Monday evening, she eagerly devoured her meatballs, with her first dose of the meds.  Then she slowly ate the rest of the first can of food, throughout the evening.  I’m OK with that.  After all, she hasn’t eaten all week, so she needs time to get back on track.  At the end of the evening, she had eaten about 95% of the can.  One thing that I did notice, is that she seemed very restless throughout the evening.  All week throughout this ordeal, she has been more mellow, just laying around, hanging out.  I think the restlessness may have been from one of the meds. 

Tuesday morning, Zephyr’s abdomen did not seem to be as tense as it has been all week.  She also does not seem to want to eat.  Uh Oh!  That was another thing that I noticed during the week.  She would eat one thing that I offered her.  But the next time, she had no interest in it.  We’ll see.  It may just be that she is more interested in eating later in the day.  So, I just set her food bowl down by her water, and she may eat as she feels like eating.  No force feeding here.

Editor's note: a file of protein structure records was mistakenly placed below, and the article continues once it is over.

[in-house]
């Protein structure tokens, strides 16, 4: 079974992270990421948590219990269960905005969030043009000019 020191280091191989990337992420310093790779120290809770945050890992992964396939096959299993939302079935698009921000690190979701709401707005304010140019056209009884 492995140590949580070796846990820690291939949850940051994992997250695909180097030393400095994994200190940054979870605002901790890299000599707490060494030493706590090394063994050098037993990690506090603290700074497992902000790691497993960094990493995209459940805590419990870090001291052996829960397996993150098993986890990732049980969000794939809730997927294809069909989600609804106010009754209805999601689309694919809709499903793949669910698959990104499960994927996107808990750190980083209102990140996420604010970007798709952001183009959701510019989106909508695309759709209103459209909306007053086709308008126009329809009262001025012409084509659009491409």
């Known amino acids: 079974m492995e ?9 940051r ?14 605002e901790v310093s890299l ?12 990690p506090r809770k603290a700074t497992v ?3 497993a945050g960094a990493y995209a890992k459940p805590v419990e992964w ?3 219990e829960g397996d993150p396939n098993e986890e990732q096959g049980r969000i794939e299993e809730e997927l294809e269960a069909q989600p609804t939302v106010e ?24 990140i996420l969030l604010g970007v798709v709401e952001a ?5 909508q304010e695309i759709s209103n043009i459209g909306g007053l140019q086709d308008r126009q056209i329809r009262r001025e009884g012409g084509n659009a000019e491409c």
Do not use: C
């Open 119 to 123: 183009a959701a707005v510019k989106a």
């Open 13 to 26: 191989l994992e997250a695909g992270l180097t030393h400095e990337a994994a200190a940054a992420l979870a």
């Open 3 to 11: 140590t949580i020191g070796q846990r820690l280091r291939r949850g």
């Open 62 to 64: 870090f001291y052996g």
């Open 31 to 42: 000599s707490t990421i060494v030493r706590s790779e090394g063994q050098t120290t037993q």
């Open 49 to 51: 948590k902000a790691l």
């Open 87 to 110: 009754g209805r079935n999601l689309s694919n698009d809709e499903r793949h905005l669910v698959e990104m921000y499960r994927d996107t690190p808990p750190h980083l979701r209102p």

Wed, Feb 5, I took Zephyr back into the vet.  She is just very listless, yet still eager to walk and go in her truck.  But she is not eating.  She is interested in eating, she just won’t.

Doc examined her.  Temp is 101, so down from last week.  Bloodwork shows extremely high WBC, neutrophils, and others, so there is an infection going on. 

They put in an IV catheter for some good antibiotics and took x-rays and sent them off to a radiologist.  We should hear back on the x-rays in about 1-2 hours, as to whether this is pyometra or not. 

After they got her settled in a crate, with her ‘cone of shame,’ and IV running, they let me go back to see her before I left.   I have never had to leave Zephyr anywhere before.  But I know this is going to make her feel so much better.

At 1250, Wednesday, I got a call from Doc, and the radiologist already read the x-ray and recommended surgery for pyometra ASAP.  So, Doc was going to give Zephyr some pre-surgery meds, and they need to be in her system for an hour before surgery, then she will do the surgery. 

I went to the vet clinic to see Zephyr at 430pm, and she was already awake, though groggy.  Soon as I walked up to her crate, she got up and stood.  Eventually she laid back down just before I left.